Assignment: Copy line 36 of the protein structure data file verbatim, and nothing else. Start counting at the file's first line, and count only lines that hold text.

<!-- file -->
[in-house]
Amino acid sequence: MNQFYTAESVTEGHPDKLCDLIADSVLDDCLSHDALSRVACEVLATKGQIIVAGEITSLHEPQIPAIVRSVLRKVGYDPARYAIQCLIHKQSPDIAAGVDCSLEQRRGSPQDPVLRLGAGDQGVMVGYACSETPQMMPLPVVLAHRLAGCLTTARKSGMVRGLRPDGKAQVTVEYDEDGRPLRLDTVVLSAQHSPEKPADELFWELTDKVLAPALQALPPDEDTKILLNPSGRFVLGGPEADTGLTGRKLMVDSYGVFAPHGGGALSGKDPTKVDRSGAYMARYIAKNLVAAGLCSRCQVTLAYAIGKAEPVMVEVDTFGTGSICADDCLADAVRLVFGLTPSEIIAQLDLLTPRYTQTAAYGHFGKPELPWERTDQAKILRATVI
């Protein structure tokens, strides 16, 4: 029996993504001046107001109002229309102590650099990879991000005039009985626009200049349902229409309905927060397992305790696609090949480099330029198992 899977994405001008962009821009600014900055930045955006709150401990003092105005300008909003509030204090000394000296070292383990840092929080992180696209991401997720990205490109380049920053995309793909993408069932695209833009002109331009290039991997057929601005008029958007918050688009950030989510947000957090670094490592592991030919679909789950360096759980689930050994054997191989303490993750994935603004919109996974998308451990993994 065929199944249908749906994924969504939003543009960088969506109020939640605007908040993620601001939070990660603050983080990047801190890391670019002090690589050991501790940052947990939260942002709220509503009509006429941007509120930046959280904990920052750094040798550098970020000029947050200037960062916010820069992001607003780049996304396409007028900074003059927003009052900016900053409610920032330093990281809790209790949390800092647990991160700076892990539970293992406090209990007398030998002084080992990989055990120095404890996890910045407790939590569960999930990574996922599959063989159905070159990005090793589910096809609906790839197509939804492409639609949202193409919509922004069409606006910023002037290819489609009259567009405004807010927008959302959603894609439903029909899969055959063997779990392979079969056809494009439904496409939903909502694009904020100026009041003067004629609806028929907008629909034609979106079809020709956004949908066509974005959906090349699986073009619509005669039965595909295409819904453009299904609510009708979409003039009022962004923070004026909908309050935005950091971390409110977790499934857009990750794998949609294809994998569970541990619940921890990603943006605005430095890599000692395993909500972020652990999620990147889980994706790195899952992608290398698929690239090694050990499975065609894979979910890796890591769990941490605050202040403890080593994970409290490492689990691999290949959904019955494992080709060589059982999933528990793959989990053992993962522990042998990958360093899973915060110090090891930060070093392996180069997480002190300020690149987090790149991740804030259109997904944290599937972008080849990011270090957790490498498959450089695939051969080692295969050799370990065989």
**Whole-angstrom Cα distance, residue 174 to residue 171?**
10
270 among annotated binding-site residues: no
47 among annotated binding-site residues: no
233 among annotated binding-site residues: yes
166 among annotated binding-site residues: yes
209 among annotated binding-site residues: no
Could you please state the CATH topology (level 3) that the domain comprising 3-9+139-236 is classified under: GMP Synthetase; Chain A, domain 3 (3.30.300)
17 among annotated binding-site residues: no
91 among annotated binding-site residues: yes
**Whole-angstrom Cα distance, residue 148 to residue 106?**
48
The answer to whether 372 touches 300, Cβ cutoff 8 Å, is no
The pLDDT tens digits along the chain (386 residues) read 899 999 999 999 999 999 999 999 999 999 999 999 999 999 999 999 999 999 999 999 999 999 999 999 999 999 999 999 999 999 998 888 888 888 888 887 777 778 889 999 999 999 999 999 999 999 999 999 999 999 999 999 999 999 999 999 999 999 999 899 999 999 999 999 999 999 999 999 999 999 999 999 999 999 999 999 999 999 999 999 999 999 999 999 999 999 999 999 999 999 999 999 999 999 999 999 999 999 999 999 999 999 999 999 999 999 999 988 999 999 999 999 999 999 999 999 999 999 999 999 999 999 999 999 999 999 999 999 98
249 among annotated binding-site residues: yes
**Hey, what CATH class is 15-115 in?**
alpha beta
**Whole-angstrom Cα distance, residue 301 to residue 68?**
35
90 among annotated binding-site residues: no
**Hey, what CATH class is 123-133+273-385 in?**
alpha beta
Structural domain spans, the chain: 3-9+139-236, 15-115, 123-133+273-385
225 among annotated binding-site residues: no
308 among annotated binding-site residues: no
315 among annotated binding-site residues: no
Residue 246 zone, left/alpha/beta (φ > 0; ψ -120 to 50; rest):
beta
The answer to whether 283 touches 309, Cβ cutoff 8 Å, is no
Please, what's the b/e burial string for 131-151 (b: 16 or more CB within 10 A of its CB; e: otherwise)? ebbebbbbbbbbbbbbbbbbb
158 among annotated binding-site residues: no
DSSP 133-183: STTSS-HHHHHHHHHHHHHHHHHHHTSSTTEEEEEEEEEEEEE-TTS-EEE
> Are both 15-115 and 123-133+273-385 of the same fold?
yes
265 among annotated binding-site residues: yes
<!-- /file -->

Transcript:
> Are both 15-115 and 123-133+273-385 of the same fold?